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NHL Trade Rumors

Canadiens Tell DeSmith ‘Be Patient’; Canadiens Pushing Trade



Pittsburgh Penguins, Casey DeSmith

There has not been a social media announcement, but former Pittsburgh Penguins backup goalie Casey DeSmith is expected to become a new father this week. With the impending good news, DeSmith is anxiously awaiting his hockey future as his current and perhaps temporary team, the Montreal Canadiens, are chumming the NHL trade waters trying to move DeSmith.

DeSmith, 32, was the Penguins’ backup goalie until the Aug. 6 trade, facilitated by Montreal, in which the Penguins acquired Erik Karlsson from the San Jose Sharks. As part of the three-team deal, Montreal took on Jeff Petry, Casey DeSmith, and a future Penguins second-round pick.

Montreal has already traded Petry to the Detroit Red Wings.

Last season, DeSmith played a career-high 38 games and posted a 15-16-4 record. His career save percentage is .912.

The Penguins’ net was crowded before the trade, with four NHL-experienced goalies. DeSmith landed in Montreal, again part of a busy situation with four netminders.

“I spoke with Casey when the trade went down. (He and Petry) probably didn’t expect to talk to me,” Canadiens GM Kent Hughes said Wednesday. “Casey was in a situation in Pittsburgh that was too busy, with four goalies. He arrives in Montreal in a situation that also has four goalies.”

DeSmith has struggled in the first half of the season for two consecutive seasons and had a strong rebound in the second half. Unlike many backup goalies last season, he kept his save percentage above .900, finishing at .907.

The Canadiens’ other NHL goalies, Jake Allen (.891) and Sam Montembeault (.901), struggled with that line. Third goalie Cayden Primeau also played three NHL games with a subpar .852 save rate.

See the full schedule for all upcoming Pittsburgh Penguins games in the NHL at

Statistically, and perhaps with the eye test, DeSmith would figure to be one of the two best Canadiens goalies. However, the NHL salary cap world is far from perfect, and the rebuilding Canadiens are flush against the salary cap.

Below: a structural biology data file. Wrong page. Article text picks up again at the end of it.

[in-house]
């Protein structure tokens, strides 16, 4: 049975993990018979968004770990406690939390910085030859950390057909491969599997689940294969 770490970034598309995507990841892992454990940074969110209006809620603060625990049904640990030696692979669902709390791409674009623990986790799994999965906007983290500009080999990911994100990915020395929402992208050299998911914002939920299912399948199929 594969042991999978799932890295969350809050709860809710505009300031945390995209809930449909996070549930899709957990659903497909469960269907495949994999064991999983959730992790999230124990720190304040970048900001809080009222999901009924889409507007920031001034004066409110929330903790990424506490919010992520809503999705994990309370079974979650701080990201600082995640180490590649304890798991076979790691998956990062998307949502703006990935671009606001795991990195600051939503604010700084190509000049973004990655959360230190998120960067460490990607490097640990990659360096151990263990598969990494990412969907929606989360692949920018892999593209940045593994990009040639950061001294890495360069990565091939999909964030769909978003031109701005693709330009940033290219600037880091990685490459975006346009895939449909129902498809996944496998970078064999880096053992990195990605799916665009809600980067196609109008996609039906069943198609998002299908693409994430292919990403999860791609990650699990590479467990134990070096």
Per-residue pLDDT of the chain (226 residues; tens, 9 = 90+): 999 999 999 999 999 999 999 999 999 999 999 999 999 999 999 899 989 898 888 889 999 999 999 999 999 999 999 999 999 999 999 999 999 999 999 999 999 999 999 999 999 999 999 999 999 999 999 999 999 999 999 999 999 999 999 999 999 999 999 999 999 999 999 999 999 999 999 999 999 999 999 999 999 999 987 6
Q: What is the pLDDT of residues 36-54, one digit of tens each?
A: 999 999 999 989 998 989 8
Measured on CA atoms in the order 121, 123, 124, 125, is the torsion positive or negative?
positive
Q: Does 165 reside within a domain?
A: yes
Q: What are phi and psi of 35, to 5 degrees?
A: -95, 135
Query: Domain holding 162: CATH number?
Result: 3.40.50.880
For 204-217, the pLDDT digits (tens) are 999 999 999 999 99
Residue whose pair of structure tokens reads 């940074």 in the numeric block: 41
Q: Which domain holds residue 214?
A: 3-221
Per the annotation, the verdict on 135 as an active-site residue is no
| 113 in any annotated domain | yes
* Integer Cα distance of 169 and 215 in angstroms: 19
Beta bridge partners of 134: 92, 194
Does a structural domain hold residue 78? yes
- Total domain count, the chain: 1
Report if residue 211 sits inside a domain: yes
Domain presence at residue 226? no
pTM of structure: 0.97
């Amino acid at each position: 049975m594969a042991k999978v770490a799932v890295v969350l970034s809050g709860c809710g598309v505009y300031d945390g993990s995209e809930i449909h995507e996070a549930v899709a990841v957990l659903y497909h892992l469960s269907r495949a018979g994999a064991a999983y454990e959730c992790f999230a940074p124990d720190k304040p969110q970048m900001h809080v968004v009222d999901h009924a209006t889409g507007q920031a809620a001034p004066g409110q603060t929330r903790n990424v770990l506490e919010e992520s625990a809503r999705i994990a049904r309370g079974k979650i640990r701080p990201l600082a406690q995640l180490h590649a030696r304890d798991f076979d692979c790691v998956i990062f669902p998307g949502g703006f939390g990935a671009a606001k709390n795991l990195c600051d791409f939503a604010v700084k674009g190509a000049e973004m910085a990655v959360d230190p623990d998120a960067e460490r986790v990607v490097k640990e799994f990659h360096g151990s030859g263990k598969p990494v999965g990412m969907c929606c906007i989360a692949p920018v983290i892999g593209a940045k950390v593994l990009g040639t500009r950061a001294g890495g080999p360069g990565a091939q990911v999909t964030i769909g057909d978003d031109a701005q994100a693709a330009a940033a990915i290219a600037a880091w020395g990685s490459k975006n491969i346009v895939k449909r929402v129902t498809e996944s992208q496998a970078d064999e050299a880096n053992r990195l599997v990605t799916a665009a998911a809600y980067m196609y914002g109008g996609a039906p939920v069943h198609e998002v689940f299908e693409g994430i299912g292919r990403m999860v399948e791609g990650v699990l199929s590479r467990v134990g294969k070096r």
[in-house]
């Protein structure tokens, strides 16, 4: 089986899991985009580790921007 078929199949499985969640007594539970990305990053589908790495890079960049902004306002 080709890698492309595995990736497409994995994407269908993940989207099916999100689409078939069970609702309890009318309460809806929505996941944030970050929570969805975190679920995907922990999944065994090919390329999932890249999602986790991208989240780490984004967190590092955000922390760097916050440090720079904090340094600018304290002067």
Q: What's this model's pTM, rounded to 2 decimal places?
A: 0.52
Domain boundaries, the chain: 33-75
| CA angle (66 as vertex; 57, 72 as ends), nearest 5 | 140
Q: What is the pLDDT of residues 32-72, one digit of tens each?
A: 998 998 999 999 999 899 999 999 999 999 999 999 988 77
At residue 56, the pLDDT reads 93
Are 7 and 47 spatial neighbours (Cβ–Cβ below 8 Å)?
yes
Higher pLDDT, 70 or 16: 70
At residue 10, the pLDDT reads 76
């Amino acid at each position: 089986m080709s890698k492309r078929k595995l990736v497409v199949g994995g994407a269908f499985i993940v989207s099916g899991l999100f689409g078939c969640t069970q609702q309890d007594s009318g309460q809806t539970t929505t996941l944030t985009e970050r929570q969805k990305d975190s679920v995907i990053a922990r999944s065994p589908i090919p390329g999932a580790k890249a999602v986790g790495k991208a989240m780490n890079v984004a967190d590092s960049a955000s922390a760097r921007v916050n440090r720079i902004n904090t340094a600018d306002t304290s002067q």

“I told Casey to be patient. The goal is not to bury you in the American Hockey League,” Hughes said. “We will continue to look at possible trades or to make some changes. But it’ll take patience with the goalie market, it’s always slow.”

DeSmith’s ceiling is a bit of an unknown. He’s not seized past chances to claim a starting role, but last season he performed solidly while starter Tristan Jarry battled injuries, especially in January and February.

Unfortunately for DeSmith, there is growing curiosity if the 26-year-old Montembeault, once an eagerly anticipated prospect with the Florida Panthers, is finally coming into his own and can thrive as a No. 1 goalie.

Allen, 33, is beginning a two-year deal with a $3.850 million AAV. Since Allen is nearly untradeable, that leaves DeSmith as the likely odd man out.


There are several teams with weak goaltending situations. There are significant questions about the Edmonton Oilers with Stuart Skinner as the starter. The LA Kings have seemingly tabbed fading Cam Talbot, and the Buffalo Sabres situation remains unsettled.

Pittsburgh Penguins, Casey DeSmith

Jeff Petry

Petry, 35, landed at home after the Canadiens dealt him to the Red Wings for a fourth-round pick and a prospect. Montreal also picked up half of Petry’s remaining salary, meaning Detroit is getting Petry for about $2.3 million.

The defenseman grew up in the Detroit area, and his father, Dan, was a noted pitcher for the Detroit Tigers and late became the Tigers’ color analyst.

“I was always watching Red Wings games. My childhood room was Red Wings everything,” Petry said Wednesday. “Hockey was always something I enjoyed more than baseball. It took me a while to finally tell my dad that and get away from that. Hockey always meant a little bit more to me.”

Hughes also called Petry on the morning of the trade to discuss the plan: trading Petry as soon as possible.

“I called Jeff and explained the situation. They’re a family, they have four young boys, (and) they’re about to start school. I gave him my word. We saw an opportunity to facilitate a trade, but we’re mindful that you have a family and a career and that Montreal is not where (Jeff) expected to play,” Hughes explained. “I promised that we would not drag it out trying to move him without trying to maximize every little value in the deal.”

*Montreal Hockey Now beat reporter Marc Dumont and Detroit Hockey Now beat reporter Kevin Allen contributed to this story.